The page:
The guilty parties

One of these chemicals, Bisphenol A (BPA) has been in the spotlight in recent years. BPA is a ubiquitous chemical that makes plastics more pliable. It is found in baby bottles, drinking cups, food storage containers, dental sealants, tableware, cell phones, toys, some medical devices and linings in food cans. Nearly all of us have elevated levels of BPA in our bodies and even very low doses have been linked to health effects such as low sperm counts, prostate and testicular abnormalities, and early onset of puberty.

In 2008, Canada banned the import and sale of baby bottles that contain the substance. And in 2010, Canada became the first country to declare BPA a toxic substance. Some plastics manufacturers have been quick to find replacements and declare their products “BPA-free.” Unfortunately research now suggests that many of the chemical substitutes are no better than BPA and that the BPA-free products still leach estrogen-mimicking chemicals.

Another group of chemicals on the Endocrine Society’s list is phthalates. Phthalates are a class of chemical compounds that soften plastics and hold scents and colours. They are widely used in body care products like shampoo, cosmetics and fragrances. Exposure to phthalates can elevate estrogen in males, and hinder boys’ masculine development. In addition, mothers’ exposure to phthalates in pregnancy has been linked to testicular abnormalities and smaller penises in their sons.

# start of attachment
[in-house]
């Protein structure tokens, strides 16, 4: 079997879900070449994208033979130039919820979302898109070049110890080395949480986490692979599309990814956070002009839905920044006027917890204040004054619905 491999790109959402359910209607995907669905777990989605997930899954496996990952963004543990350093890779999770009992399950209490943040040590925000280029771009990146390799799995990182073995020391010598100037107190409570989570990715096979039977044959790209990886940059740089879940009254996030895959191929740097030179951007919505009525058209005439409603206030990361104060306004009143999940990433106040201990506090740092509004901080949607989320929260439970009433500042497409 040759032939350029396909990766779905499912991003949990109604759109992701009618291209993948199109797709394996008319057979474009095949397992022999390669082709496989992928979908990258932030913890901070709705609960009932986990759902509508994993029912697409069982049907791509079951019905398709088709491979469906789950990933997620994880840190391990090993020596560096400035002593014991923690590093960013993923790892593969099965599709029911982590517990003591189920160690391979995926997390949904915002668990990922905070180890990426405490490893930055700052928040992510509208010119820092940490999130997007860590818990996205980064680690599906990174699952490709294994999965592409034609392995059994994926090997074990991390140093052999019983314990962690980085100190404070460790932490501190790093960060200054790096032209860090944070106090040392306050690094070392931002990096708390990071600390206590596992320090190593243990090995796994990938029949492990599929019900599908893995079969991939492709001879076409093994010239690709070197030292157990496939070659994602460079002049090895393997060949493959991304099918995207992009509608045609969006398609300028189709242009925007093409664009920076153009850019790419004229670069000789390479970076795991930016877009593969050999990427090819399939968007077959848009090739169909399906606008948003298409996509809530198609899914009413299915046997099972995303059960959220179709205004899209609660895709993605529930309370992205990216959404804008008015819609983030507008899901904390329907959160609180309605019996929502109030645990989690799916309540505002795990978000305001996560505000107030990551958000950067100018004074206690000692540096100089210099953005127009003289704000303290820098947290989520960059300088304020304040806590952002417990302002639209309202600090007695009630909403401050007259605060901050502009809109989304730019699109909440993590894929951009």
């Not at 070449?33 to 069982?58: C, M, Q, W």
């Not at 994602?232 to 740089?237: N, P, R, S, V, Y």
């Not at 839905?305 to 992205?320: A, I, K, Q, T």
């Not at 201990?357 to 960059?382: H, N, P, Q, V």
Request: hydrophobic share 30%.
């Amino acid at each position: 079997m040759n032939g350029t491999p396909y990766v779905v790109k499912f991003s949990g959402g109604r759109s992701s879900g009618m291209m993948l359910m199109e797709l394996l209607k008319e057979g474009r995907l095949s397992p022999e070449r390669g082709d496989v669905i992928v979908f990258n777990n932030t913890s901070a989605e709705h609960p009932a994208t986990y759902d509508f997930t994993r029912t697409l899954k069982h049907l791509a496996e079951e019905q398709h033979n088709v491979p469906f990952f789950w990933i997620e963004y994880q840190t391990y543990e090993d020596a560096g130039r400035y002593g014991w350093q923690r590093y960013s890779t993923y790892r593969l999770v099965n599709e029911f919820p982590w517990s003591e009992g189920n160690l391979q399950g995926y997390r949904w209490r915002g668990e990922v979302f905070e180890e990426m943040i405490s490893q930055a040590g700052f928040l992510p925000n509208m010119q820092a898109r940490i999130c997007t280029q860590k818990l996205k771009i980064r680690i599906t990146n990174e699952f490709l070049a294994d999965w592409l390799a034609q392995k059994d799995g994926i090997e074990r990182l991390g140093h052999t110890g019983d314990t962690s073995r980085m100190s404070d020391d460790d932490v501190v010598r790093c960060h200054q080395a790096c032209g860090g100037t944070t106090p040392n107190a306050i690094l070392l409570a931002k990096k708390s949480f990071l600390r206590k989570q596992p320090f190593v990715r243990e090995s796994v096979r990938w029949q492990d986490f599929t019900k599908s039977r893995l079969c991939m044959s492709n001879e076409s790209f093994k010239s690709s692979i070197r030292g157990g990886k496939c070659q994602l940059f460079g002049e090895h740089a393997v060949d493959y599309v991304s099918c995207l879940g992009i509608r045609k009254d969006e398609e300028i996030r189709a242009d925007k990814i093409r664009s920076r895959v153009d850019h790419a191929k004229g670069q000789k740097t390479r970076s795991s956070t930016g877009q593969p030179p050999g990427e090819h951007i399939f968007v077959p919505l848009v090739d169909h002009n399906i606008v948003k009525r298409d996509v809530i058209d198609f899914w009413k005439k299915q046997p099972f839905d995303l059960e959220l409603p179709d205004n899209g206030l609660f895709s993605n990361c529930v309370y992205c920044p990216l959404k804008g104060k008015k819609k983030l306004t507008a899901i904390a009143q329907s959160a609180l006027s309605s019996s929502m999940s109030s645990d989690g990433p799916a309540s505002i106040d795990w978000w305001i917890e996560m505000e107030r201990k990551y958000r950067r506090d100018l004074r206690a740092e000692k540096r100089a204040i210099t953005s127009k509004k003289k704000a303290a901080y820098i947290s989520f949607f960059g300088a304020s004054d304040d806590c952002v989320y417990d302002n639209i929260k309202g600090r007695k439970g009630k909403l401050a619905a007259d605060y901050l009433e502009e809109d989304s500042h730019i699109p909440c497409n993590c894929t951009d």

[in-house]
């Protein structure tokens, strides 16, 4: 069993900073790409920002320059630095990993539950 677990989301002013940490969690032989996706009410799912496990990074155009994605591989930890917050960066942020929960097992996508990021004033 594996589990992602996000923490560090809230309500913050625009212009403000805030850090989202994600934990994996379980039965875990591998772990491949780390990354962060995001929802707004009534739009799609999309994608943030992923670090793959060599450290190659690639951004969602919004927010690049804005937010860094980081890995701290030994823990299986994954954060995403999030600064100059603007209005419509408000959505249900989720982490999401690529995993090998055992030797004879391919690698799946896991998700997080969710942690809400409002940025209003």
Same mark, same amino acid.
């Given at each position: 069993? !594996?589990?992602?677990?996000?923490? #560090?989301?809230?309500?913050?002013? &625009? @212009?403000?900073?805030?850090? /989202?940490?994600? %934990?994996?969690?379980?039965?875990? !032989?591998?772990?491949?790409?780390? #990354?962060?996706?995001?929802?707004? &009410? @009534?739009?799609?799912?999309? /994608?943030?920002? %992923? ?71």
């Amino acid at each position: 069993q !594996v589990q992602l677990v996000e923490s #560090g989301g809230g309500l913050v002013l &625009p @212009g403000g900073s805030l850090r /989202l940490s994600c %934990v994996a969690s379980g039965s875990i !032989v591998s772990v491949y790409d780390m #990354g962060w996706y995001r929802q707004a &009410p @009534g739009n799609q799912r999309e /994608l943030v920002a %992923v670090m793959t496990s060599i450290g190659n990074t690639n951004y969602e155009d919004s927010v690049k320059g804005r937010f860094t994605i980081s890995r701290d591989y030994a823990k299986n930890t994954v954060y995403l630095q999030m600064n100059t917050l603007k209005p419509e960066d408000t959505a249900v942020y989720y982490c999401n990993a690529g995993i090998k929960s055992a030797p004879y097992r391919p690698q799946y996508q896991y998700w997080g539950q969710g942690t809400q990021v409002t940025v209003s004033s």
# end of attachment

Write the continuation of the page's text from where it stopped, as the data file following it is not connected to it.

Because of the health risks, products with phthalates have been banned in the European Union since 2006. Unfortunately, the Canadian government has been much slower to act. “I don’t see Canada doing anything to regulate cosmetics,” says Jessica Burman Zinger, owner of Cocoon Apothecary, a chemical-free cosmetics line from Waterloo, Ontario. “It is a self-regulated industry similar to the US. Companies will continue to put toxic chemicals in products as long as we keep buying them.”